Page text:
English Language Arts
The English Language Arts uses curriculum based on the California Standards. All the adopted materials have extensive supplemental materials for struggling and advanced learners. Within the umbrella of English Language Arts, each student is assessed on Vocabulary/Spelling, Reading & Listening Comprehension, Speech/Performance, Writing, and Grammar. The K-5 English department adopted, The Reading Street, a new textbook series. Moreover, in order to enhance the vocabulary wealth of our students, K-8 classes systematically utilize the Wordly Wise series as an enrichment supplement.
This department also relies extensively on the practices of Los Angeles Writing Project and the National Writing Project. Furthermore, all K-8 students have been presented with an annual assessment that provide a wide range of writing prompts that promote grade-level genres and forms. Depending on grade level, students are permitted up to 120 minutes to respond to one of the prompts. This assessment correlates with the awareness that the school’s standardized test (CTB TerraNova) does not measure student writing.
In the Middle School, the Education Committee and the Administration has adopted thematic Novel based learning. Moreover, a separate poetry class is offered to middle school students. This class perpetuates the notion of writing and reciting poetry.
Throughout the academic year, each grade level is required to take a field trip that celebrates some aspect of Language Arts (e.g., theatrical productions based on stories and novels, both local and Los Angeles Central Library events, ALOUD series from Library Foundation of LA, etc.). The school’s librarian also invites local authors to talk about their craft.
Finally, students are encouraged to participate in various writing competitions; For example, the Armenian Allied Arts Association’s Annual Competitions and the Armenian Student Associations’ (ASA Inc.) Arthur Halvajian Memorial Armenian Poetry Project Competition. Every semester both the English and Armenian Language Arts department publishes Illumination, a literary journal celebrating student writing at its best.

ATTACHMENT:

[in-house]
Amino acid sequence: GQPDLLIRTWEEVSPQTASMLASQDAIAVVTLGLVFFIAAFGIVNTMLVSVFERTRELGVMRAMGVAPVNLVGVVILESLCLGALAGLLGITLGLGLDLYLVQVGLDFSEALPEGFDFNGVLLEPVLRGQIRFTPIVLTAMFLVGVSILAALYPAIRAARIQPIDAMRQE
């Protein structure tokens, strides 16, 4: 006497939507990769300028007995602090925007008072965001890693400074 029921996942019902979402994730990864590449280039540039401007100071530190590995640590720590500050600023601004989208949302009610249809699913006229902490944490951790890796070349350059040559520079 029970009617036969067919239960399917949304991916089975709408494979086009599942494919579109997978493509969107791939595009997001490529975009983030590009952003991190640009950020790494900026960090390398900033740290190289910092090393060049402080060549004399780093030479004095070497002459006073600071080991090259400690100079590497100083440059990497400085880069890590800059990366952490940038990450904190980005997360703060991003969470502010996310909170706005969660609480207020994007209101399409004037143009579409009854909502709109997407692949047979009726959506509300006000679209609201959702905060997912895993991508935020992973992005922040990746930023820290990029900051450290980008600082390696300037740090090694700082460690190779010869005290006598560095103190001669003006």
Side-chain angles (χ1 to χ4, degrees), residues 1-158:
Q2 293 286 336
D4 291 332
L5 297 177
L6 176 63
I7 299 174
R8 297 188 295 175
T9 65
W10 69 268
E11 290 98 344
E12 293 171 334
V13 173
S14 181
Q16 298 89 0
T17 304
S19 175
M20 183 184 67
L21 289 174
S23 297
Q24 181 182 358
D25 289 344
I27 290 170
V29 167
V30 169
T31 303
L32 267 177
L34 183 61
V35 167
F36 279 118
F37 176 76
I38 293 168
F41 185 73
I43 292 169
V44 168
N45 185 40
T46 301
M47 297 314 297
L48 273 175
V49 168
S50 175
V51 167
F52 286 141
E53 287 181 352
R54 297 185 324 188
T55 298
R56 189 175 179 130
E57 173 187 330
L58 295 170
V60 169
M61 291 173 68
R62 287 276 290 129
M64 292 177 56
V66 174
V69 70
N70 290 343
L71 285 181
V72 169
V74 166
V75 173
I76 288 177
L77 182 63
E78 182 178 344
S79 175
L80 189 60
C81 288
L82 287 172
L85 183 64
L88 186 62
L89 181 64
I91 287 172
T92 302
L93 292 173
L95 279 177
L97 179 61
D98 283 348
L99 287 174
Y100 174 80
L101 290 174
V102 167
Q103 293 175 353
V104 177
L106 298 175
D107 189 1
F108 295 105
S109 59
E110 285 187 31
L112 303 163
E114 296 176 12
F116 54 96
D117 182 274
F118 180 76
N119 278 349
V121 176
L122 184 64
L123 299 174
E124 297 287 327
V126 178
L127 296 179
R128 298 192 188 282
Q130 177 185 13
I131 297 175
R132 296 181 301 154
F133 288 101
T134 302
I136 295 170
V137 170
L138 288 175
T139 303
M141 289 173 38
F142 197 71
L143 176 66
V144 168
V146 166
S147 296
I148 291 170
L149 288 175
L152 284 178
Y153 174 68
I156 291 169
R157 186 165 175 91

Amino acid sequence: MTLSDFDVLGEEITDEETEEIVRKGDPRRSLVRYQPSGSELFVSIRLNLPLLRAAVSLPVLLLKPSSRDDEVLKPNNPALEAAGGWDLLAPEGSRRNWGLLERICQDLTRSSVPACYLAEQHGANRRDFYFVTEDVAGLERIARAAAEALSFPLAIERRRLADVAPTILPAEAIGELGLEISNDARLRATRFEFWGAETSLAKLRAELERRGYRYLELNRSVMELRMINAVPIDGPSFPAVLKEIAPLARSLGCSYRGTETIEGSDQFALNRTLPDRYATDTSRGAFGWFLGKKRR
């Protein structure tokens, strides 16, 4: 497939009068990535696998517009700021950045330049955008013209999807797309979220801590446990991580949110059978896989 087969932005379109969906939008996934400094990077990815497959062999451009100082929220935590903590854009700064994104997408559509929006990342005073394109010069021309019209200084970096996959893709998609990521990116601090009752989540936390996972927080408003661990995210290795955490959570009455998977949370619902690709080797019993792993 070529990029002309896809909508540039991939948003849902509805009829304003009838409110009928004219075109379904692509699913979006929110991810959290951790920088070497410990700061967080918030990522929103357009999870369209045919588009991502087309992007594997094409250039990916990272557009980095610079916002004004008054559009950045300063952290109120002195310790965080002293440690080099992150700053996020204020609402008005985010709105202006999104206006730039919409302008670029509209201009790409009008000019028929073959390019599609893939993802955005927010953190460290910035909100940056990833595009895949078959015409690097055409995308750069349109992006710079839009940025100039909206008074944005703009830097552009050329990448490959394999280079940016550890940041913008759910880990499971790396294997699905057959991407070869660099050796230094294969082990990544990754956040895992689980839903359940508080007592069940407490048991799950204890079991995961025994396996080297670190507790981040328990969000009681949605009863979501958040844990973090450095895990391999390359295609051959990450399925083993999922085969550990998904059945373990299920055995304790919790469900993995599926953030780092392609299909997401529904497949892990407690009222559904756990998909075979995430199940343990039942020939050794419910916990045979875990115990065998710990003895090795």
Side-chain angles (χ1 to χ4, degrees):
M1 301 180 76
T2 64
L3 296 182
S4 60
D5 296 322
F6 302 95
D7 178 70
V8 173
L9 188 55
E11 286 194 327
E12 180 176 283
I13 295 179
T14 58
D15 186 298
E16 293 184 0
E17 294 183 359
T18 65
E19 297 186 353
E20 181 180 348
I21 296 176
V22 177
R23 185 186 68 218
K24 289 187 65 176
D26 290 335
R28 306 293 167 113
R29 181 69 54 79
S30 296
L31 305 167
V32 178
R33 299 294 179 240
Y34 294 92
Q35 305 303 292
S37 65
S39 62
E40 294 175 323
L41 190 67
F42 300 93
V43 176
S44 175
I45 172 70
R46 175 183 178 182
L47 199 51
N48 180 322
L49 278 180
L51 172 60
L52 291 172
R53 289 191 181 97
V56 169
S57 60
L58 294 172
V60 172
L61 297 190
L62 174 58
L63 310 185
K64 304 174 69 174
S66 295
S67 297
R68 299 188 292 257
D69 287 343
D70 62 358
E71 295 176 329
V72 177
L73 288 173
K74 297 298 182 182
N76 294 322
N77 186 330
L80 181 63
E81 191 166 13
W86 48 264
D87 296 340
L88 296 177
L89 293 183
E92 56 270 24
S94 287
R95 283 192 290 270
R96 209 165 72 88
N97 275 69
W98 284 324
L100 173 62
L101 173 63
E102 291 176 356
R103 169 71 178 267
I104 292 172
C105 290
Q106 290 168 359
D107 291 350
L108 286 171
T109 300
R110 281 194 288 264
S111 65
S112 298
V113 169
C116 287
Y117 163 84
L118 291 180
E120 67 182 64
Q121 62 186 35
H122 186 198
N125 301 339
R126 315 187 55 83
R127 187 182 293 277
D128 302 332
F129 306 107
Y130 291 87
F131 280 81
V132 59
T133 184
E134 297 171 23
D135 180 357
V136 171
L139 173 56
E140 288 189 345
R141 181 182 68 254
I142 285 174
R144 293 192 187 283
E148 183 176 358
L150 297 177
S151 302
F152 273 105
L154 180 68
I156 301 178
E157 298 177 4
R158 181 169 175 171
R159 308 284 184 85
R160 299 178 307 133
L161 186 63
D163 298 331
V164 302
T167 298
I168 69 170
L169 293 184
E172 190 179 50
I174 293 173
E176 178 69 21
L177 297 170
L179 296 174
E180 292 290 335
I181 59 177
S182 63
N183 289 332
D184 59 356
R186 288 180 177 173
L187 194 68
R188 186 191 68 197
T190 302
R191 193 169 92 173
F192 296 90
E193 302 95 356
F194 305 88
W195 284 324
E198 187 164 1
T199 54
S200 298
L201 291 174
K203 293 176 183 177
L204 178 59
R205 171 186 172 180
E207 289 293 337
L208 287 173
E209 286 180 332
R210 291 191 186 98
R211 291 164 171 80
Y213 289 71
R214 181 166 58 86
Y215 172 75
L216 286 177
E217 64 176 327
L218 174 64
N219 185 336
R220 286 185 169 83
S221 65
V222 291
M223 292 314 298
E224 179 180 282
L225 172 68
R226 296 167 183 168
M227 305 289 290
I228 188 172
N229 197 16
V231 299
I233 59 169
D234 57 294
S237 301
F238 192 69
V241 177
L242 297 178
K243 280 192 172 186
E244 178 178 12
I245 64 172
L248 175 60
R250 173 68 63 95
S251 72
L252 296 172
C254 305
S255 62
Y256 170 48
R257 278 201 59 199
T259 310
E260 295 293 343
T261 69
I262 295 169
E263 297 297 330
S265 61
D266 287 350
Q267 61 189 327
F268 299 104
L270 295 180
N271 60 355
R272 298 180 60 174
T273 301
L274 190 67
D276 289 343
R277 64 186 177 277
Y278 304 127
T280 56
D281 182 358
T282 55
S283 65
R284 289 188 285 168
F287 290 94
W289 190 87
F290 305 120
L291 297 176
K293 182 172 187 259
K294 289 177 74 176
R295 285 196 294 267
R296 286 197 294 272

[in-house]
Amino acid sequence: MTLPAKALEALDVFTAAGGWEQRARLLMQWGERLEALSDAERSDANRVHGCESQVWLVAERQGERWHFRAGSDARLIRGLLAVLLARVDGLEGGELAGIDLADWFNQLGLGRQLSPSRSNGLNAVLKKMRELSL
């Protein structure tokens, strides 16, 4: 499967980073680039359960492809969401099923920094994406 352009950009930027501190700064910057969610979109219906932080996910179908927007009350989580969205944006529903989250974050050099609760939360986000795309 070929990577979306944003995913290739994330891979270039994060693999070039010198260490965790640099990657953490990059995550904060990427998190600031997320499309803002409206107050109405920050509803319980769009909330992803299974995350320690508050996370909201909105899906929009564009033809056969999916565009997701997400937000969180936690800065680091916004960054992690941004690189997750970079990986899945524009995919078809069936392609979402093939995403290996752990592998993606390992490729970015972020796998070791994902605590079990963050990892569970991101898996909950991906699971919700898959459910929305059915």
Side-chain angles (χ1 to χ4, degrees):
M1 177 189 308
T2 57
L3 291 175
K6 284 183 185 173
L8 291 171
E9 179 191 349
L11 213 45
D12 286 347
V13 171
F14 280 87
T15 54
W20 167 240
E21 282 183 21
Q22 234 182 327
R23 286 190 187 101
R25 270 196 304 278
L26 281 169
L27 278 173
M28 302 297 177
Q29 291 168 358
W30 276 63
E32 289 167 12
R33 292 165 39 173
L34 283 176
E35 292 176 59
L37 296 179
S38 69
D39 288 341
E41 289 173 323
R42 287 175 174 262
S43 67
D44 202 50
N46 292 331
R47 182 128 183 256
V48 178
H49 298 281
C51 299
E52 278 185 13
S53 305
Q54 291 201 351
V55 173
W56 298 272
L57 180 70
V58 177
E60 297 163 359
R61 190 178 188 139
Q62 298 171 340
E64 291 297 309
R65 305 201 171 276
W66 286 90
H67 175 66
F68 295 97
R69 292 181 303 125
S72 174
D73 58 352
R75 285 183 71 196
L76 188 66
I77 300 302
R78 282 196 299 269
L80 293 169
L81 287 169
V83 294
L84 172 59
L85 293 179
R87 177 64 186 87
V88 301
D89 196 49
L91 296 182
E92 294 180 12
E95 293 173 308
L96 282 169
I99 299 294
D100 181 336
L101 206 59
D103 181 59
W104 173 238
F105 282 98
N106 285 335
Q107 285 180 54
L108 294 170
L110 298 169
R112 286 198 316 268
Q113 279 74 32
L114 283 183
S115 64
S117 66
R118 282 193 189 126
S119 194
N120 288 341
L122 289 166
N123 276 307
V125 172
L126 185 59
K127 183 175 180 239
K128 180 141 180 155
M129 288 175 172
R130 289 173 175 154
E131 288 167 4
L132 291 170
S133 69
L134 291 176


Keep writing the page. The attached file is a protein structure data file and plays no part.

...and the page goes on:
For almost a decade, K-5 grade students used Everyday Math as their primary textbook. The middle school grades used various Math programs, but primarily Glencoe, McGraw-Hill. In the 2012-2013 academic year, middle school and 5th grade switched to Saxon Mathematics textbooks because it provided two significant possibilities. First, Saxon math closely correlated to the Math section of the CTB TerraNova. Middle school data showed students performing better on the standardized test because of the change in textbook. Second, Saxon promotes learning of mathematics incrementally; it involves teaching a new mathematical concept every day and continuously reviewing old concepts. Both middle school teachers and students saw the benefits in this approach and the noticeable success. Therefore, during the summer of 2013, the faculty and the Education Committee decided to switch K-4 curriculum from Everyday Math to Saxon Math. Another noteworthy revelation occurred when we realized our K-8 students are one academic year ahead of what Saxon Math offers. Since our students are exposed to mathematics in Pre-Kindergarten, by the time they commence Kindergarten, they are already one academic year ahead. Therefore, our Kindergarteners utilize the 1st grade math textbook and progressively our 8th grade students use the 9th grade Algebra textbook. Finally, based on these facts, the majority of our students have enrolled in advanced math classes once they have entered private or public high schools.
The Social Studies department offers courses based on the Common Core Social Science standards. Again, the Education Committee decided to invest in a new Social Studies series, My World History (Pearson), in the 2012-2013 academic year. The following was the rationale behind the critical switch: First, our previous textbooks were in need of upgrading. Second, the new textbooks follow the Common Core Standards. Finally, the new textbooks have a technology component that elevates the engagement of students.
The Social Studies department also advocates the utilization of field trips. In addition to the standard local educational field trips (e.g., San Gabriel Mission, La Brea Tar Pits, Pasadena, Museum of History, Olvera Street, Japanese American National Museum, Pacific Asian Museum, Nixon and Reagan Presidential Libraries and Museums, etc.), the 5th-8th grade students take extensive bicoastal trips. These trips occur in subsequent academic years.
In 2011-2012 academic year, the school inaugurated the West Coast Coach Bus Trip that took students, parents, and teachers up the coast of California to Sacramento and back to Los Angeles by the way of Central and Mountain Regions of California. This five-day trip, organized by the Principal, allowed students to visit Santa Barbara Mission, Hearst Castle, San Francisco (Alcatraz Island, California Academy of Sciences), Charles M. Schulz Museum, Sacramento (the Governor’s Mansion, California State Capitol Building), Lake Tahoe, Mammoth Lakes, Mono Lake, Death Valley, and Manzanar National Historic Site, before returning home. All students are required to make a collage project.